Audio Investigation Slide
- Click the link above to launch the slide deck (2 slides).
- Invite students to respond to the following questions shown on slide #1:
- What is the difference between prejudice, discrimination, and segregation?
- Did segregation exist outside of the South?
- How did Black people challenge prejudice, discrimination, and segregation in the U.S. after the Second World War?
- After allowing a brief period for students to answer, share student responses and clarify definitions and/or misconceptions as necessary. Students may be uncertain or they may disagree about the answer to the second question, but you may choose to wait until after playing the song and discussing it to provide the correct answer.
- Advance to slide #2.
- Click the media player in the bottom right corner of the slide to begin audio playback of the song.
- Invite students to respond to the following prompt shown on slide #2:
- Identify or describe as many of the incidents portrayed in the song as you are able.
- After allowing a brief period for students to answer, share student responses, and review the incidents with the students. Most likely, students will answer correctly for verses 1, 4, and 5. Some students may infer a correct answer for verse 2 without knowing the specifics. For verse 2, explain that the song was written after a Black man, who was denied the right to use a public swimming pool in Cairo, Illinois, drowned while swimming in the Mississippi River. Point out that Illinois is located in the North, not the South, as a means of clarifying the correct answer of the second question. For verse 3, identify Jackson State and Ole Miss and explain briefly the story of James Meredith.
This song is useful to introduce a lesson on the Civil Rights movement. Although students may be familiar with some of the most notable events and figures of the movement, the stories behind some of the lyrics are likely new to them, and provide a springboard for discussing the topic with greater depth and complexity than they may have done previously .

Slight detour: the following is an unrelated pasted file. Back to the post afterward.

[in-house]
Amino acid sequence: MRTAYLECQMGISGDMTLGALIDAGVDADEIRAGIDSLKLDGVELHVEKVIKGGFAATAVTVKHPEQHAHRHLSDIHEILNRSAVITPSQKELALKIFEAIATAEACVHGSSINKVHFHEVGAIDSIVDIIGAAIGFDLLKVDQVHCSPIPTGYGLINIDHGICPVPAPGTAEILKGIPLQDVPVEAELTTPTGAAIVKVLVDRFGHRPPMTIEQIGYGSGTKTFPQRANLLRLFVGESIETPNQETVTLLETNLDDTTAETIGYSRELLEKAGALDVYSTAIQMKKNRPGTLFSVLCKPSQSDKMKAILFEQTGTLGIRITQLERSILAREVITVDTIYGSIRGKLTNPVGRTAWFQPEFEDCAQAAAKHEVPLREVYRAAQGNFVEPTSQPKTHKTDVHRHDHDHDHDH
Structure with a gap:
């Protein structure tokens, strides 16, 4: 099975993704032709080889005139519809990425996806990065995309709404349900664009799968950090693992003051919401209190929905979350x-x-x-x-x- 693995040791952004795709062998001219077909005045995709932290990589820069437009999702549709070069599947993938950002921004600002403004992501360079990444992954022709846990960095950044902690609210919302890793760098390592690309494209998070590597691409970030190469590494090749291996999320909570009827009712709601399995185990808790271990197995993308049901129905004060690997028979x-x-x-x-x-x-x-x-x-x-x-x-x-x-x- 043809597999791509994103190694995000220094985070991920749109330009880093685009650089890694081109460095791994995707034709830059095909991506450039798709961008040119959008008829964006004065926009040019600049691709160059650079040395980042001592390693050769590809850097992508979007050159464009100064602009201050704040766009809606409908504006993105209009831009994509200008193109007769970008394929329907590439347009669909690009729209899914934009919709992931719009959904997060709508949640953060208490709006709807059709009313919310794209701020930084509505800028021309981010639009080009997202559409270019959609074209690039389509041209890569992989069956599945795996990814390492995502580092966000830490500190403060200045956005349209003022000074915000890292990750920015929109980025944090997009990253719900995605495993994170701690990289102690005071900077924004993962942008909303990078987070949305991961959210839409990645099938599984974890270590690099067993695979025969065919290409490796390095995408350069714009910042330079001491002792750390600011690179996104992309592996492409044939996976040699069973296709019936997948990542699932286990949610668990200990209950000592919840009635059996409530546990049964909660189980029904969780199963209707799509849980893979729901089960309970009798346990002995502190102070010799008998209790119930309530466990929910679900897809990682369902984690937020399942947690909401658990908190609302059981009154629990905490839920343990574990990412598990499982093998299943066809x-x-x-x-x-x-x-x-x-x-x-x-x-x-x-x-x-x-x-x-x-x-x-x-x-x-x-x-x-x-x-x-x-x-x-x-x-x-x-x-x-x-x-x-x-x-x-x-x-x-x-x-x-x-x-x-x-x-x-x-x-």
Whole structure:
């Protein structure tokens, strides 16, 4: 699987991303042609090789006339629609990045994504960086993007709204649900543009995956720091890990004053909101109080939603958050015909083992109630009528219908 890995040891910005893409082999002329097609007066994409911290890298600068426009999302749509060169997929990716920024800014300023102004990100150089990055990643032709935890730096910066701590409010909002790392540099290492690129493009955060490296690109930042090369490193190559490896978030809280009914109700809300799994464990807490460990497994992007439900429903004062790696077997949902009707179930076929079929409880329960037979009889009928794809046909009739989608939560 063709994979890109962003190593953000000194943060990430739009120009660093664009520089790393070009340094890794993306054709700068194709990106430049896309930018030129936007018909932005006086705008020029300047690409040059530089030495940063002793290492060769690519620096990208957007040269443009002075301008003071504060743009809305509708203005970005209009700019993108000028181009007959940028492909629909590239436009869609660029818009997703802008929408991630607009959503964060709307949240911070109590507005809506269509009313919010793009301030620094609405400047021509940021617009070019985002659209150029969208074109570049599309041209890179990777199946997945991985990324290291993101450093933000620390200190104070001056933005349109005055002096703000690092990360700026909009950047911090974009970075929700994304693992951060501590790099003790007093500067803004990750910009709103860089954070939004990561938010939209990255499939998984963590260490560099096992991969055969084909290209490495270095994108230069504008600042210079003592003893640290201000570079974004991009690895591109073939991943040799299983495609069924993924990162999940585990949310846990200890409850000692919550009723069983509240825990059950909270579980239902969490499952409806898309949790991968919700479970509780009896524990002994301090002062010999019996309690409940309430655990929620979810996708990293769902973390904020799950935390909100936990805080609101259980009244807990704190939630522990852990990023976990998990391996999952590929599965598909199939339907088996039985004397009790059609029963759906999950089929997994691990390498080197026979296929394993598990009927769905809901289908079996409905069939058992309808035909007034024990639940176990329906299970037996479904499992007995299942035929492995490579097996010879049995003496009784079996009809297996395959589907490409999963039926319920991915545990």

If de jure and de facto segregation are not already vocabulary terms that students know, display or project the definitions, and explain that the first was practiced throughout the South, while the second was very common throughout the North. The segregation of swimming pools in Illinois that is referenced in verse 2 is one example you can cite, as well as examples of segregation in housing and education that were not mandated by law, but were the reality for many Black people in northern states. This is an opportunity to address racial prejudice, discrimination, and segregation as national problems, which will provide a solid foundation for further lessons on the evolution of the Civil Rights movement into the late 1960s and beyond.
If civil disobedience is not already a vocabulary term that students know, you can make a clear association between the protest activities of the Civil Rights movement that they may already be familiar with. Students can use this prior knowledge as a foundation for researching other events that they may not be as familiar with, including the lunch counter protests, the march from Selma to Montgomery, and the Freedom Rides, and evaluating the effectiveness of civil disobedience.
Covering the content above provides a basis for discussing the federal government’s role in dismantling discriminatory policies and segregation mandated by southern state governments, as well as resistance to those efforts, and the limitations of federal action in addressing continued de facto segregation. It may be helpful in those discussions to distinguish between civil rights and civil liberties so that students are better able to understand the means by which the federal government offers protection for both.
Jackson State – a public, historically black university in Jackson, Mississippi; one of the largest HBCUs in the United States and the fourth largest university in Mississippi
Ole Miss – Nickname for the University of Mississippi, a public university that is the largest in the state in terms of enrollment; integrated in 1962 (following a lawsuit) with the admission of James Meredith, a U.S. Air Force veteran, who transferred there from Jackson State